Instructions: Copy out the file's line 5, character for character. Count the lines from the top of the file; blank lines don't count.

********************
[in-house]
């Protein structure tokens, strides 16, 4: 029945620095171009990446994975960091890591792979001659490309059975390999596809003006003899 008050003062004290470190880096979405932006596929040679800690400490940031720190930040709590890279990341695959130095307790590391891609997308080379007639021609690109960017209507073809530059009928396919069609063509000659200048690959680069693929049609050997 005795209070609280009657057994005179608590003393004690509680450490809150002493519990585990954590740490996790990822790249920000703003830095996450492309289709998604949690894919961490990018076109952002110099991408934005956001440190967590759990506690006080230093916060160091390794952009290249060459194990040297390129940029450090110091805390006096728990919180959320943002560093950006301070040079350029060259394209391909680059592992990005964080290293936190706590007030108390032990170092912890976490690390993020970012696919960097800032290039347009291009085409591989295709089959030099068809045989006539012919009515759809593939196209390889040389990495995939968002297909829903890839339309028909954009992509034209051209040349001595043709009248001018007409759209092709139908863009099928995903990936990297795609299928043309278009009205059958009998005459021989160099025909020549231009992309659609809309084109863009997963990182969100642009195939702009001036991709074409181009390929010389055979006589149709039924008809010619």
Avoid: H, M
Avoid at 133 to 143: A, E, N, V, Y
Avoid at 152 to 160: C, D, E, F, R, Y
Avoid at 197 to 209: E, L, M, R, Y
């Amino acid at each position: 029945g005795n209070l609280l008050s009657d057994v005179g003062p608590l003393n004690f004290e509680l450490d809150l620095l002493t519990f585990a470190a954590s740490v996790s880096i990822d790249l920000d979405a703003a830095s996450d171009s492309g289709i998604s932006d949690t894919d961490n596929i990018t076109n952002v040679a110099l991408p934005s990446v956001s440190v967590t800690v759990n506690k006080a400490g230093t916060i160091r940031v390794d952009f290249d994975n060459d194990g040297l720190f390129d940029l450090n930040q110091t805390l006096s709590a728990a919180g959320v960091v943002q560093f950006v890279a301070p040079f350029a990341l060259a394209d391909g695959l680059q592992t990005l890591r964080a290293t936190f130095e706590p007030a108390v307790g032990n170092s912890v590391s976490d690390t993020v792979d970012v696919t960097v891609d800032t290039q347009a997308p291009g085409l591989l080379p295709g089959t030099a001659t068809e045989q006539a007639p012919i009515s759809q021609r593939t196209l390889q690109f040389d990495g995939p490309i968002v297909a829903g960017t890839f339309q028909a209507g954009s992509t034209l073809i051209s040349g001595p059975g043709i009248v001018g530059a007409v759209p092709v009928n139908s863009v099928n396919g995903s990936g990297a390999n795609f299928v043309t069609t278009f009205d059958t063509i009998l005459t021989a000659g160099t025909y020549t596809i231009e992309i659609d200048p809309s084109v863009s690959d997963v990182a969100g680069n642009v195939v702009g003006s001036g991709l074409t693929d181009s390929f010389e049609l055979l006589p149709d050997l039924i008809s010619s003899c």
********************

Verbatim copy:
Avoid at 152 to 160: C, D, E, F, R, Y